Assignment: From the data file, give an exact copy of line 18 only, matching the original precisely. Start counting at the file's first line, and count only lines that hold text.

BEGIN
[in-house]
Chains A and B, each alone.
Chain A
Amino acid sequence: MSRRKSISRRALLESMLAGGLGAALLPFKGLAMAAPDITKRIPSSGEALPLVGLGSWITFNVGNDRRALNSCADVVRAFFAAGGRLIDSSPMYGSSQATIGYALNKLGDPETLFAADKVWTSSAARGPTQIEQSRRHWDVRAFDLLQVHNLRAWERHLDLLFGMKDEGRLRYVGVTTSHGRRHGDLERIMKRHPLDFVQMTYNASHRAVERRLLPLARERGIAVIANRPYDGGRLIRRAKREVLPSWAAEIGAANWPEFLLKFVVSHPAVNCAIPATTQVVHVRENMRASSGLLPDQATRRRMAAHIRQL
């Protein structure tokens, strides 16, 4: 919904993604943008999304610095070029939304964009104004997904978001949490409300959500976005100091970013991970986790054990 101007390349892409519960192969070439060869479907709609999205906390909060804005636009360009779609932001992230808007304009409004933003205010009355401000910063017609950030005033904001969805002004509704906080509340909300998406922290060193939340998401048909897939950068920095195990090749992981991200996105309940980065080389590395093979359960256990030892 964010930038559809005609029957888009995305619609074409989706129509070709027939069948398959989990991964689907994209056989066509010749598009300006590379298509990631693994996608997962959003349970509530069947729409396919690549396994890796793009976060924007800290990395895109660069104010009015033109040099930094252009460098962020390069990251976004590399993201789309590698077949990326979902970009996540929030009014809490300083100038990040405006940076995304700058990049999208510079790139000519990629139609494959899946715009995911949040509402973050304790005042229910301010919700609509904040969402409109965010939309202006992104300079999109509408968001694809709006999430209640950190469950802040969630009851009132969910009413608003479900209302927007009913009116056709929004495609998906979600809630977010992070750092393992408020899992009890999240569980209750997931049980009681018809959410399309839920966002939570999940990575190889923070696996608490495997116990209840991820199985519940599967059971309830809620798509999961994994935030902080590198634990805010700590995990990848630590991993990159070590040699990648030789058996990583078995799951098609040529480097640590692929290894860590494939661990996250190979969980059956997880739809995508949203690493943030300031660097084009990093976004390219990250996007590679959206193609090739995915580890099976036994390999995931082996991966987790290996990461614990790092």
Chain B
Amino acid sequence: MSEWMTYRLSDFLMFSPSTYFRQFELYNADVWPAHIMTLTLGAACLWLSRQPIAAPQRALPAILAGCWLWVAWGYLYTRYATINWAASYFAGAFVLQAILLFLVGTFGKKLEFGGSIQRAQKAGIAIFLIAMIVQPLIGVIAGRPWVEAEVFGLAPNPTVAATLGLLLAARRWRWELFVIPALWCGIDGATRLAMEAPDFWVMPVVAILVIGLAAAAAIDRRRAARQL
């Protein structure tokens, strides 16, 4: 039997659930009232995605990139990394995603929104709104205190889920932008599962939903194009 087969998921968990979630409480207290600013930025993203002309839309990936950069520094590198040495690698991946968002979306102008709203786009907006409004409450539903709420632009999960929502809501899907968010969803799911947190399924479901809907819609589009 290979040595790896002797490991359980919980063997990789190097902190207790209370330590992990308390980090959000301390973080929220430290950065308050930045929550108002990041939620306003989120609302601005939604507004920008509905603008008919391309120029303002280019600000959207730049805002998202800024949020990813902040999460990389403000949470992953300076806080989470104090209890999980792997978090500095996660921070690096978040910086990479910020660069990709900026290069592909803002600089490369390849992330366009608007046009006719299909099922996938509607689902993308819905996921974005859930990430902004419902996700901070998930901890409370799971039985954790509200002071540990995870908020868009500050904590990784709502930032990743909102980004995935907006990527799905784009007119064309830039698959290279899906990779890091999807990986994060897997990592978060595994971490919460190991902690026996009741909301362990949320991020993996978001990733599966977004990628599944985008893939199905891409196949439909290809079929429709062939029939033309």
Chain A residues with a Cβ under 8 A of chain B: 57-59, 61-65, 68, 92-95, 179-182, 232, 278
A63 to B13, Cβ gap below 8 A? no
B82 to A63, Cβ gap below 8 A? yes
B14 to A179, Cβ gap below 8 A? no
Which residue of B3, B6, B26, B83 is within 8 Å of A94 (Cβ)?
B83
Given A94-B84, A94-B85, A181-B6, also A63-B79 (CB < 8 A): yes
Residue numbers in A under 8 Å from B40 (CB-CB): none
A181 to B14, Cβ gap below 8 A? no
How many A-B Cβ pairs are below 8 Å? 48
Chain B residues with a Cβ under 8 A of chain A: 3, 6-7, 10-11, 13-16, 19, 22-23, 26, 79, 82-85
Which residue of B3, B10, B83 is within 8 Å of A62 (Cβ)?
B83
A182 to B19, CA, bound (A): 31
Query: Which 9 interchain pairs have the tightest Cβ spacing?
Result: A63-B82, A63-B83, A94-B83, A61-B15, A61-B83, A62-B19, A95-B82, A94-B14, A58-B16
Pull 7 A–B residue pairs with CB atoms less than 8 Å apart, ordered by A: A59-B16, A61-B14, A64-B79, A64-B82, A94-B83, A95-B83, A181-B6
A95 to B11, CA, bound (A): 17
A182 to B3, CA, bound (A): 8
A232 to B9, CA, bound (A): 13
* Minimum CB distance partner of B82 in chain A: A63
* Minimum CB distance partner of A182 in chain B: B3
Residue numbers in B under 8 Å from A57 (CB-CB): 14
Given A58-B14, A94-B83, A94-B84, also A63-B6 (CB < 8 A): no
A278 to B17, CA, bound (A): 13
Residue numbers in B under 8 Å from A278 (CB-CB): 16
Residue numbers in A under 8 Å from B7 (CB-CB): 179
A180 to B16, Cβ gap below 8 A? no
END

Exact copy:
How many A-B Cβ pairs are below 8 Å? 48